4. Advance a transparent, positive agenda: Sitting here in the Diaspora, I can point to only two policies I know with certainty that Zowaa has advanced in the recent past: i) support for Mar Bawai and division of the Assyrian Church of the East; and ii) the attack of other Assyrian political parties and figures in Iraq. Explanations that the ADM has “bad public relations” or likes to work from “behind the scenes” are completely unacceptable and again a sign of wishful thinking. How can I support a political party when I do not know the agenda – especially when I have lost all trust in those people advancing that agenda? On issues of critical importance, such as the Nineveh Plains, I see only occasional lip service (and even this has been used as a tool for division and attack). When asked on December 28, 2006 by for his “stance on autonomy,” Yonadam Kanna mentions article 125 of the constitution and then launches into the legalities of the constitution, which requires administration to be “in accordance with the constitutional articles without destroying the societal unity in that area to be based on geography, culture, and history and not on ethnic and religious basis.” He does not outline ADM’s demands nor does he explain what his organization is doing to achieve autonomy. He does not even use the words “Nineveh Plains.” Mr. Petyoo recently provided a slightly different stance: that a referendum should be held by the people living in the territory. Let us assume for a moment that this is an actual position (it is not; it is merely a repetition of the requirements of the law under the Constitution, which all groups recognize). Splendid. Now what has the party done to achieve this? Again, the ADM holds two parliament seats in the KRG and one in the Iraqi National Assembly. How have these been used to advance the cause and bring about a referendum? The typical answer at this point in the debate is that Zowaa must act from behind the scenes and cannot be open about its actions. If others are willing to accept this argument, my condolences, but I will not.
Returning to the actual policy position, the above may deliver a bit of a shock to many Zowaa supporters. Many are convinced that Zowaa’s actual position on the Nineveh Plains is that if such a unit were to be formed, it should only be under Baghdad control, and not Arbil’s. Those who believe this are not at fault; every communication (however few) from members and supporters has given this impression. Before analyzing the merits of the case, let us see why Zowaa may be advocating such a policy. The ADM has manifestly and undeniably lost all clout and credibility in the North. Regardless of what may be in the national interest, Zowaa now realizes that its last remaining zone of influence as an organization is in the Green Zone. Hence, it viciously attacks anyone working with the KRG.

Now, let us look at the merits of the case itself. In a unified and stable Iraq (which is highly hypothetical), a Nineveh Plains governorate tied to Baghdad may have advantages (and disadvantages) versus one tied to Arbil. However, this is all academic at this point. First of all, Arab leaders have not even recognized a proposal for such a move. Has one senior Arab even allowed the words “Nineveh Plains” to leave his lips? No, they are too busy slaughtering each other and innocent Assyrians in Baghdad, Basra, and Mosul, who are fleeing en masse out of the country and to the North. Furthermore, and as mentioned above, Zowaa has done absolutely nothing to make this an issue in the Baghdad parliament. On the other hand, along with several Assyrian parties, the KRG Minister of Finance Sargis Aghajan has openly called for the Nineveh Plains as an autonomous unit, demanded changes to the constitution drafted by his own party, and funded the construction of housing complexes in the region. On December 6, 2006, Prime Minister of the KRG Nechirvan Barzani publicly declared his support for the “right to autonomy in the Nineveh Plains.” Where are Zowaa’s demands? If the ADM is unwilling, for whatever reason, to demand the rights for an Assyrian autonomous region, then it has a duty to step aside and allow leaders who are willing to step forward. How many more hundreds of thousands of Assyrians must leave Iraq before the time of evasive measures and obscure rhetoric is over?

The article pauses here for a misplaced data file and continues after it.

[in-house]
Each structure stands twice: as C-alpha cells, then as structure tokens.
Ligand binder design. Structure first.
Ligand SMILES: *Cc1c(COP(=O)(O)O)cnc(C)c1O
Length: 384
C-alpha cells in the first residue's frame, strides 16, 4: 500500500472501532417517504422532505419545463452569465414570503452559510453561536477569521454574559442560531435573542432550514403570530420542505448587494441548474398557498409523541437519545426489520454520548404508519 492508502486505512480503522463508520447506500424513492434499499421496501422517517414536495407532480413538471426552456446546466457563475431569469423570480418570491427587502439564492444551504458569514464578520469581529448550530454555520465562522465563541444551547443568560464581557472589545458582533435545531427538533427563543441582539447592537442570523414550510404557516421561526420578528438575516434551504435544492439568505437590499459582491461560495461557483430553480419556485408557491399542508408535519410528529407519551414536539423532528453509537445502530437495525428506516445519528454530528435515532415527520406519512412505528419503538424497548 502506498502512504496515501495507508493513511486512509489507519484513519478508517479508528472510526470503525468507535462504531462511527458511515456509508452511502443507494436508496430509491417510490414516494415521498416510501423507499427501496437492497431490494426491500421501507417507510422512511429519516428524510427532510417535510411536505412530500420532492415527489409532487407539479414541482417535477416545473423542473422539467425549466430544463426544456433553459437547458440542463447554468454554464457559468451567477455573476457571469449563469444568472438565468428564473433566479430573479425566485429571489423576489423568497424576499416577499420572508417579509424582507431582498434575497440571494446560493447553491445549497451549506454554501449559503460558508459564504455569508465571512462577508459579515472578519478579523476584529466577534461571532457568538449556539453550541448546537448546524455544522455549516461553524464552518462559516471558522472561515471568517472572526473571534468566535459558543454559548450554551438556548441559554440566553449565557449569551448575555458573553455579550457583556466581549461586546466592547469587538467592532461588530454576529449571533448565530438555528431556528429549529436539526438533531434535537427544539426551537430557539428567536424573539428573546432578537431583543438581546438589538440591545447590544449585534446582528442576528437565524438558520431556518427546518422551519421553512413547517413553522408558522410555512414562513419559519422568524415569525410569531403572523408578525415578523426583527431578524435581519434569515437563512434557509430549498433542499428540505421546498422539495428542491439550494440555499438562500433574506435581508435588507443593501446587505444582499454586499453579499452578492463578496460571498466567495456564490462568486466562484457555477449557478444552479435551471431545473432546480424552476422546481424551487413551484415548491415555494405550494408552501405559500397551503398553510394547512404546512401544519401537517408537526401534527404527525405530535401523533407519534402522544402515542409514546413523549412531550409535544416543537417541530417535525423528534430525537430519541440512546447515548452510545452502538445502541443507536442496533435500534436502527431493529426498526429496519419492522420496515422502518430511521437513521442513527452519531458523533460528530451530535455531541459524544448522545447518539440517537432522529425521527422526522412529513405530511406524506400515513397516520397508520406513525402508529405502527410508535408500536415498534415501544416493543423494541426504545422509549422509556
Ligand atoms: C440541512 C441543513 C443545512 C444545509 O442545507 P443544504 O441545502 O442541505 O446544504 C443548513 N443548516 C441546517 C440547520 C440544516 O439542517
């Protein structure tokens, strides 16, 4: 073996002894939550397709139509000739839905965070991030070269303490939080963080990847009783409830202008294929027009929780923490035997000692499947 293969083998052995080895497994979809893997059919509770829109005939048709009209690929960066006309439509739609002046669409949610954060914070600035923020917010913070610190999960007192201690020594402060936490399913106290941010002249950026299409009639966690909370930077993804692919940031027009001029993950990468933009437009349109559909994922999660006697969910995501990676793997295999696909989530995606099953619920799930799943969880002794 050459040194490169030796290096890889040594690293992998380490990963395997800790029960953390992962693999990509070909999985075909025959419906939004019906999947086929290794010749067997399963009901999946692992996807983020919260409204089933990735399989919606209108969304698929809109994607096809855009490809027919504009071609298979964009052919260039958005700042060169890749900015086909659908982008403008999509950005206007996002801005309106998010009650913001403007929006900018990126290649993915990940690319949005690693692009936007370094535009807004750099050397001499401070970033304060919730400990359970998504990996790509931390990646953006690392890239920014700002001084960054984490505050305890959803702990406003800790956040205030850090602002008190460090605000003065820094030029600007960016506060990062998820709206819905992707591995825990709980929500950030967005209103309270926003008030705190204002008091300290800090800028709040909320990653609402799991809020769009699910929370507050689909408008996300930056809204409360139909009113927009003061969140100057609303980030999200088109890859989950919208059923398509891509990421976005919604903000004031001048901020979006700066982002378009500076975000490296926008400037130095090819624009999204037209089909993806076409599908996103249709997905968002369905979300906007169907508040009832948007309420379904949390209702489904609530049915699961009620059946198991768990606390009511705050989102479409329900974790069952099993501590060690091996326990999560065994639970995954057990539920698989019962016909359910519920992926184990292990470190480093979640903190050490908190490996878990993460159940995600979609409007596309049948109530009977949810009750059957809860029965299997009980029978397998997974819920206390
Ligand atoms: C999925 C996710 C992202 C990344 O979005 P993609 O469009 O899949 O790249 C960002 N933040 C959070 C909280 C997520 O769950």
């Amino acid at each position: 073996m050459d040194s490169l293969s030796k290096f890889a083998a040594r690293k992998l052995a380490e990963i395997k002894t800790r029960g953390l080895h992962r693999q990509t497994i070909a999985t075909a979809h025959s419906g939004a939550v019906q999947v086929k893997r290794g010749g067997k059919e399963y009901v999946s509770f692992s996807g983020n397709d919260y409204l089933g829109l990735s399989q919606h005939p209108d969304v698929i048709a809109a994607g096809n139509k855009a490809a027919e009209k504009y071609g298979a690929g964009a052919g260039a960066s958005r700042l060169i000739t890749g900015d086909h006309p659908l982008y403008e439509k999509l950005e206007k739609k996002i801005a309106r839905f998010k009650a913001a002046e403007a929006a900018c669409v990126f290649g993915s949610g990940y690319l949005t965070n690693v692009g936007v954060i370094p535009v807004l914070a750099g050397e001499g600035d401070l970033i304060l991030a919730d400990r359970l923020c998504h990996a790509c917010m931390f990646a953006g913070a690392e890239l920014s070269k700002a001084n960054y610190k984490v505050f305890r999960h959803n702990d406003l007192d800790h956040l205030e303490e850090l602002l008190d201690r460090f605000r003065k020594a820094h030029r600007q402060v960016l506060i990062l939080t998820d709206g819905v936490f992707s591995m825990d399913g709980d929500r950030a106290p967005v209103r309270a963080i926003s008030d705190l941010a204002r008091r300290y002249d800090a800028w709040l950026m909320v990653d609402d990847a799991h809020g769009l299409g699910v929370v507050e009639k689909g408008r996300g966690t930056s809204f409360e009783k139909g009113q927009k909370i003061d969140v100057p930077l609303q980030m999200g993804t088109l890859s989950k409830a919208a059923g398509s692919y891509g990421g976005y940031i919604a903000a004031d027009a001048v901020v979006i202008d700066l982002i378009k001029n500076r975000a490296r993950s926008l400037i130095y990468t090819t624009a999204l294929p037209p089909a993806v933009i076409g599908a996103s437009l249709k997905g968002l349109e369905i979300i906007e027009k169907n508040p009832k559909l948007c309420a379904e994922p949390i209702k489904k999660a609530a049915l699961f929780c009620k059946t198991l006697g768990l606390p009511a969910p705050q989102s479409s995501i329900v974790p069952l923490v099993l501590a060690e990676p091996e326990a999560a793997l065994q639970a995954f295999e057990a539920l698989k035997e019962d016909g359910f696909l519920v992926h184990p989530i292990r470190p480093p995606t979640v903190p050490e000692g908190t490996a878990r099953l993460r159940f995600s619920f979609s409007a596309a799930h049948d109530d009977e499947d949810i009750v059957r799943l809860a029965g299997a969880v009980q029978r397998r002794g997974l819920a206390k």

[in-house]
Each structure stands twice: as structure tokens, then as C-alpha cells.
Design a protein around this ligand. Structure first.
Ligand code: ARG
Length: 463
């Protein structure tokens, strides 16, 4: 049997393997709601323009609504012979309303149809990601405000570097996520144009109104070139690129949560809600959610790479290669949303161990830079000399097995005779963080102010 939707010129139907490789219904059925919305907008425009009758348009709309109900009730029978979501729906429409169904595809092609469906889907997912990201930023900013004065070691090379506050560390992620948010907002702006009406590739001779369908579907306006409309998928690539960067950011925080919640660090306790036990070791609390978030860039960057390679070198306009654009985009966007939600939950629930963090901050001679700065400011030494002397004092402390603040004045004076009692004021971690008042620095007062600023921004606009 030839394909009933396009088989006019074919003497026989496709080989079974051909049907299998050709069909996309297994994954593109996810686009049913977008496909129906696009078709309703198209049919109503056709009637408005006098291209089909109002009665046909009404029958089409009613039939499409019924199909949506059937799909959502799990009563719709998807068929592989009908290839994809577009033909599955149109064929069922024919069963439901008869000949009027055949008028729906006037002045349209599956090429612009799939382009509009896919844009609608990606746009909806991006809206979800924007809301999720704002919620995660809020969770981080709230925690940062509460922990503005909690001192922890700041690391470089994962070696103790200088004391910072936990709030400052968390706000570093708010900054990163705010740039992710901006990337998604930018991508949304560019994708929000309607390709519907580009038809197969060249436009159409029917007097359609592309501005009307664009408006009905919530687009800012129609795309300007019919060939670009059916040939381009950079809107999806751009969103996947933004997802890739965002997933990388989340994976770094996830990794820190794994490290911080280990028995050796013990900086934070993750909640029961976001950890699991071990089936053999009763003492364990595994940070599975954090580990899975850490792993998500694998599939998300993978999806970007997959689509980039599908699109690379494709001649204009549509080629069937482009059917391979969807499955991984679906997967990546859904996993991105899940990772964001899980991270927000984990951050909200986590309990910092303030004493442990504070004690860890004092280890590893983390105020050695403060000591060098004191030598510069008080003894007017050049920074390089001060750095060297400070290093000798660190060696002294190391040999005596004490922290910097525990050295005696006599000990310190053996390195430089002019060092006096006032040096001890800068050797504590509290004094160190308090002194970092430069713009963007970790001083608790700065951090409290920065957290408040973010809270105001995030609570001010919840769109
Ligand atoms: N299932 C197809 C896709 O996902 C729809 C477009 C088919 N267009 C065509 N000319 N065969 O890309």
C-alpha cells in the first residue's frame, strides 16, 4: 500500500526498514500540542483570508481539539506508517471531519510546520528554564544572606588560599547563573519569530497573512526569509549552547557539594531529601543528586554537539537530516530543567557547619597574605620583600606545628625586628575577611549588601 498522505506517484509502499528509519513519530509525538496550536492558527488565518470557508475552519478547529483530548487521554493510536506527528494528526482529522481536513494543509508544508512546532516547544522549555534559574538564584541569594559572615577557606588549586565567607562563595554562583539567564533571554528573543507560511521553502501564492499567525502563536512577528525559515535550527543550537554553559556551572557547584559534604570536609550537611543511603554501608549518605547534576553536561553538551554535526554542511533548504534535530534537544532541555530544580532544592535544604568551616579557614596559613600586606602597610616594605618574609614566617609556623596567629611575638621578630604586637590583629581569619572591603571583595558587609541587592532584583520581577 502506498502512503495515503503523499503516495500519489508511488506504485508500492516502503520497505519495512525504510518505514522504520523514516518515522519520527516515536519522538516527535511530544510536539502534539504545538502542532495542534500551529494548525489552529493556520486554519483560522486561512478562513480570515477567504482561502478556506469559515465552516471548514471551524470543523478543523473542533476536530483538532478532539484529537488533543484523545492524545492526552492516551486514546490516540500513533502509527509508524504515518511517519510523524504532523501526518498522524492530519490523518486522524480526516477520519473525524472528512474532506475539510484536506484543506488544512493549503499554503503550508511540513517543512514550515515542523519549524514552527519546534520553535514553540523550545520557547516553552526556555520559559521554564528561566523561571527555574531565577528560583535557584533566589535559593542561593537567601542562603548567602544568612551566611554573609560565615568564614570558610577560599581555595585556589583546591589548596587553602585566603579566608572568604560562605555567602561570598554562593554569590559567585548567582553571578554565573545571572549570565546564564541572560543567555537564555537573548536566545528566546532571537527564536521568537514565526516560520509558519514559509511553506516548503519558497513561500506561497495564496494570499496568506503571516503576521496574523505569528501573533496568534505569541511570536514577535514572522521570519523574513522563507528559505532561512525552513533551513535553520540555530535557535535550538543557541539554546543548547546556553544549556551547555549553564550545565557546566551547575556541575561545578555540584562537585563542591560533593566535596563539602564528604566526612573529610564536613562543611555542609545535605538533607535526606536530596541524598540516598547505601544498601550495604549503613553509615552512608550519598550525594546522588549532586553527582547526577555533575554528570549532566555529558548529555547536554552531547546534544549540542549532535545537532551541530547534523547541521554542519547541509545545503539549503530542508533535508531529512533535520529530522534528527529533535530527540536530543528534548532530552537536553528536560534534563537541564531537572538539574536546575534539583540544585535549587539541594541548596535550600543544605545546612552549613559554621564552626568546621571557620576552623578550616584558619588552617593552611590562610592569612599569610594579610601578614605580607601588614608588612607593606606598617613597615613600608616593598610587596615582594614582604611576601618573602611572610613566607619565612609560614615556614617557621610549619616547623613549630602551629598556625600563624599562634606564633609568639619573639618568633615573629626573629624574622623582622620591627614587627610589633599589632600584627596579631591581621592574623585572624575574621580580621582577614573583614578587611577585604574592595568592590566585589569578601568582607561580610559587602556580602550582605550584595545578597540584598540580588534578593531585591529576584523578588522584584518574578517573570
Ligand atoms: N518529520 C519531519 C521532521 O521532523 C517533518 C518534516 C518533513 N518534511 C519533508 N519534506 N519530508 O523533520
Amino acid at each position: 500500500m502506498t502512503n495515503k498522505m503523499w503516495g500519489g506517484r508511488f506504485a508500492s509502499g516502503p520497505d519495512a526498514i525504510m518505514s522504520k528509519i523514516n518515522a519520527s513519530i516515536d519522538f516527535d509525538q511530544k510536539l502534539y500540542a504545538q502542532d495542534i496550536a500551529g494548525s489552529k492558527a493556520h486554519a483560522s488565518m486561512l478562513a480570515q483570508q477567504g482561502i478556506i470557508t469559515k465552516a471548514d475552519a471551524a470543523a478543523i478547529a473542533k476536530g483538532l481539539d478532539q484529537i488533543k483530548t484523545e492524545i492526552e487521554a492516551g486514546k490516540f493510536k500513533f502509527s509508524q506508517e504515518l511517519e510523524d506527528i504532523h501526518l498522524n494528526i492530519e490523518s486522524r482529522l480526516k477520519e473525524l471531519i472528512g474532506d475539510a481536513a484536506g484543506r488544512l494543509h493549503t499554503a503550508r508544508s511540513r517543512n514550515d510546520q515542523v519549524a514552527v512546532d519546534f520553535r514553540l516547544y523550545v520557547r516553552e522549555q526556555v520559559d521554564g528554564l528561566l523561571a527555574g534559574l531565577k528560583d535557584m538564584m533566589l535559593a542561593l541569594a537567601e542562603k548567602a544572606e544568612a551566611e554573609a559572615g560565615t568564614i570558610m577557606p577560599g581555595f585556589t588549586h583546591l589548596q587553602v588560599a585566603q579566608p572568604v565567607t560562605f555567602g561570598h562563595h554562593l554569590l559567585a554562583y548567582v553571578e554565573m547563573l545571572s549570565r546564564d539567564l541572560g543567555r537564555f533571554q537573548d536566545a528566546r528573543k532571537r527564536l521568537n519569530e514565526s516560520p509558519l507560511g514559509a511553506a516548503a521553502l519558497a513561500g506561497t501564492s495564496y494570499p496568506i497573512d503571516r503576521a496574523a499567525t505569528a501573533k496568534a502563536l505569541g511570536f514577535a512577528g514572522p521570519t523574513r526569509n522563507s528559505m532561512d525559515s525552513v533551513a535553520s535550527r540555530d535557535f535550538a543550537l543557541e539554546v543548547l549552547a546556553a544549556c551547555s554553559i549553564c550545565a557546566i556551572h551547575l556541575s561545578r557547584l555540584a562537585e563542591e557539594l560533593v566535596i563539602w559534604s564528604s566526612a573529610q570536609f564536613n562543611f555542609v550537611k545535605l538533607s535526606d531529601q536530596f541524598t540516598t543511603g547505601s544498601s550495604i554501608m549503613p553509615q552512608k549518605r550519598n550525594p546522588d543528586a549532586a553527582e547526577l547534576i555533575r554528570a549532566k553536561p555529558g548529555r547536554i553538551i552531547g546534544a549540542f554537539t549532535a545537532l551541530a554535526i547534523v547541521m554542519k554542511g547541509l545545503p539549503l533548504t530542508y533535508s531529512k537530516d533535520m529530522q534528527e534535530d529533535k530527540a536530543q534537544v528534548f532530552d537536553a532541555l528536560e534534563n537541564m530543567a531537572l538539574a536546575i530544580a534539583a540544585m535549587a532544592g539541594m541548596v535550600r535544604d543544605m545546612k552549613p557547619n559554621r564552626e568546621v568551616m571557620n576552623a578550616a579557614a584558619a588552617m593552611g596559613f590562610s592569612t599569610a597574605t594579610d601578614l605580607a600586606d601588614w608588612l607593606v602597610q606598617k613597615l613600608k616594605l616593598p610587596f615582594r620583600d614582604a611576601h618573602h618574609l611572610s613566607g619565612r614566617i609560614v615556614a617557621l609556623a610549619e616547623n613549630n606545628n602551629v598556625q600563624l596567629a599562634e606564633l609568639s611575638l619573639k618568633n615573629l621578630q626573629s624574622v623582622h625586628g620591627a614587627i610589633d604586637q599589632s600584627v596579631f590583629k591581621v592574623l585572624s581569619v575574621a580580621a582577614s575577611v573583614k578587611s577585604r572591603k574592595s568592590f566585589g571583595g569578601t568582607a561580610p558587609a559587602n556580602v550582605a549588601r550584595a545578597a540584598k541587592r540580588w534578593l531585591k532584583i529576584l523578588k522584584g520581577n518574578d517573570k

Moreover, the future of Iraq as a state is highly dubious at this point; why place all our eggs in the Baghdad basket? I am not saying Assyrians should only work towards a unit tied to Arbil; I am only arguing that it is unwise and disingenuous to sabotage progress made at the KRG level, as Zowaa has done. Assyrians should be playing both sides of the coin, keeping the bidding up for resources and autonomy. But labeling the Baghdad position as a stance of “principle” while that of Arbil as “traitorous” is laughable. Let no Assyrian forget that Iraq was invented out of thin air (and a pen) by the British and a group of Arabs. Now Kurdistan has been invented by the United States and a group of Kurds. How is a choice for Moqtada Al-Sadr and the Shia Arabs of Baghdad more righteous than one for Barzani and the Kurds of Arbil? Why is one more legitimate than the other? Assyrians need to start looking out for their own national interests, and choose the path where those interests are best served. Assyrians should not sacrifice the national cause on the altar of Zowaa’s well being.
The common theme among all these problems and all these attacks is ADM’s absolute unwillingness to tolerate the voice of any other Assyrian, whether that of an individual, political party, organization, or church. Again, I call on all Zowaa supporters and members with the national cause still at heart (which I truly believe to be many) to take back control of the party that served us so well in the past. The Assyrian Democratic Movement has been hijacked by a group of self-seeking individuals, and at this point in time is doing the Assyrian cause more harm than good. Reform yourself, and I will support you once again. Until and unless these points are adequately addressed, do not count on another purple-stained finger from my hand.